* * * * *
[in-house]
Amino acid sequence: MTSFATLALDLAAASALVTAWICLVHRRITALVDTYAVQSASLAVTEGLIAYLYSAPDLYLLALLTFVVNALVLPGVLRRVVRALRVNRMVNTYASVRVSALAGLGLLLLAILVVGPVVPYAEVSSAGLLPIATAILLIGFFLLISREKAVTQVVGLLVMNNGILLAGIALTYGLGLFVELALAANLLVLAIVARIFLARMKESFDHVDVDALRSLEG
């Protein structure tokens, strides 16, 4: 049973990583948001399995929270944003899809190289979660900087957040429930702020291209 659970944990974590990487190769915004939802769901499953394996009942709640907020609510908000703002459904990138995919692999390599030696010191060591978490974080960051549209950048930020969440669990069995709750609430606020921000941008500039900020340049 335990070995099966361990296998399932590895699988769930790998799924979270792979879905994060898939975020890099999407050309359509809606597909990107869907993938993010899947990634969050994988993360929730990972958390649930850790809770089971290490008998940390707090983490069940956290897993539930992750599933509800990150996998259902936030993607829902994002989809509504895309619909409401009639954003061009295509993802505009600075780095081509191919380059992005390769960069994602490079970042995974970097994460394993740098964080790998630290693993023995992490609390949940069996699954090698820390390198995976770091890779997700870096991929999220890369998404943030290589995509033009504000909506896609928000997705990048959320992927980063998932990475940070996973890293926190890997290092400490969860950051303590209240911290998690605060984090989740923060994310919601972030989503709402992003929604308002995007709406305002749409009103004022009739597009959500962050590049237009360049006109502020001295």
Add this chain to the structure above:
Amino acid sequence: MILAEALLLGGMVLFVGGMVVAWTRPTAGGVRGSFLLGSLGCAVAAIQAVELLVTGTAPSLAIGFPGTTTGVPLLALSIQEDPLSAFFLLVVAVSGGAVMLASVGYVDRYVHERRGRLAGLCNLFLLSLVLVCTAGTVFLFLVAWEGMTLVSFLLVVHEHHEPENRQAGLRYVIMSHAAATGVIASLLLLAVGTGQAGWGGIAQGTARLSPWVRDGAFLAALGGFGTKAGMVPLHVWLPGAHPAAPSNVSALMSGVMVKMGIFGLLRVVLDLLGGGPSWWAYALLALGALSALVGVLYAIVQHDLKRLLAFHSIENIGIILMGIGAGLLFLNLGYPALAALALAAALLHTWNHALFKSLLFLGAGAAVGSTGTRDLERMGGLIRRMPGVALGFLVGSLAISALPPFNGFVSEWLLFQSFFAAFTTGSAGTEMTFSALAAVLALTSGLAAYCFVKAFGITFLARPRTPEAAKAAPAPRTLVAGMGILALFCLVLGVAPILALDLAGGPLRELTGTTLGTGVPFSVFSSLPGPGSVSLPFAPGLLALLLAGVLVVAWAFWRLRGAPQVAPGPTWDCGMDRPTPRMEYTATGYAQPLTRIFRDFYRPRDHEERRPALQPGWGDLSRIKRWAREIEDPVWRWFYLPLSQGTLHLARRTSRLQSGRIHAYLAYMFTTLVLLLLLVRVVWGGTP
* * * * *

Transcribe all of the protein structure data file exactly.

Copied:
[in-house]
Amino acid sequence: MTSFATLALDLAAASALVTAWICLVHRRITALVDTYAVQSASLAVTEGLIAYLYSAPDLYLLALLTFVVNALVLPGVLRRVVRALRVNRMVNTYASVRVSALAGLGLLLLAILVVGPVVPYAEVSSAGLLPIATAILLIGFFLLISREKAVTQVVGLLVMNNGILLAGIALTYGLGLFVELALAANLLVLAIVARIFLARMKESFDHVDVDALRSLEG
């Protein structure tokens, strides 16, 4: 049973990583948001399995929270944003899809190289979660900087957040429930702020291209 659970944990974590990487190769915004939802769901499953394996009942709640907020609510908000703002459904990138995919692999390599030696010191060591978490974080960051549209950048930020969440669990069995709750609430606020921000941008500039900020340049 335990070995099966361990296998399932590895699988769930790998799924979270792979879905994060898939975020890099999407050309359509809606597909990107869907993938993010899947990634969050994988993360929730990972958390649930850790809770089971290490008998940390707090983490069940956290897993539930992750599933509800990150996998259902936030993607829902994002989809509504895309619909409401009639954003061009295509993802505009600075780095081509191919380059992005390769960069994602490079970042995974970097994460394993740098964080790998630290693993023995992490609390949940069996699954090698820390390198995976770091890779997700870096991929999220890369998404943030290589995509033009504000909506896609928000997705990048959320992927980063998932990475940070996973890293926190890997290092400490969860950051303590209240911290998690605060984090989740923060994310919601972030989503709402992003929604308002995007709406305002749409009103004022009739597009959500962050590049237009360049006109502020001295």
Add this chain to the structure above:
Amino acid sequence: MILAEALLLGGMVLFVGGMVVAWTRPTAGGVRGSFLLGSLGCAVAAIQAVELLVTGTAPSLAIGFPGTTTGVPLLALSIQEDPLSAFFLLVVAVSGGAVMLASVGYVDRYVHERRGRLAGLCNLFLLSLVLVCTAGTVFLFLVAWEGMTLVSFLLVVHEHHEPENRQAGLRYVIMSHAAATGVIASLLLLAVGTGQAGWGGIAQGTARLSPWVRDGAFLAALGGFGTKAGMVPLHVWLPGAHPAAPSNVSALMSGVMVKMGIFGLLRVVLDLLGGGPSWWAYALLALGALSALVGVLYAIVQHDLKRLLAFHSIENIGIILMGIGAGLLFLNLGYPALAALALAAALLHTWNHALFKSLLFLGAGAAVGSTGTRDLERMGGLIRRMPGVALGFLVGSLAISALPPFNGFVSEWLLFQSFFAAFTTGSAGTEMTFSALAAVLALTSGLAAYCFVKAFGITFLARPRTPEAAKAAPAPRTLVAGMGILALFCLVLGVAPILALDLAGGPLRELTGTTLGTGVPFSVFSSLPGPGSVSLPFAPGLLALLLAGVLVVAWAFWRLRGAPQVAPGPTWDCGMDRPTPRMEYTATGYAQPLTRIFRDFYRPRDHEERRPALQPGWGDLSRIKRWAREIEDPVWRWFYLPLSQGTLHLARRTSRLQSGRIHAYLAYMFTTLVLLLLLVRVVWGGTP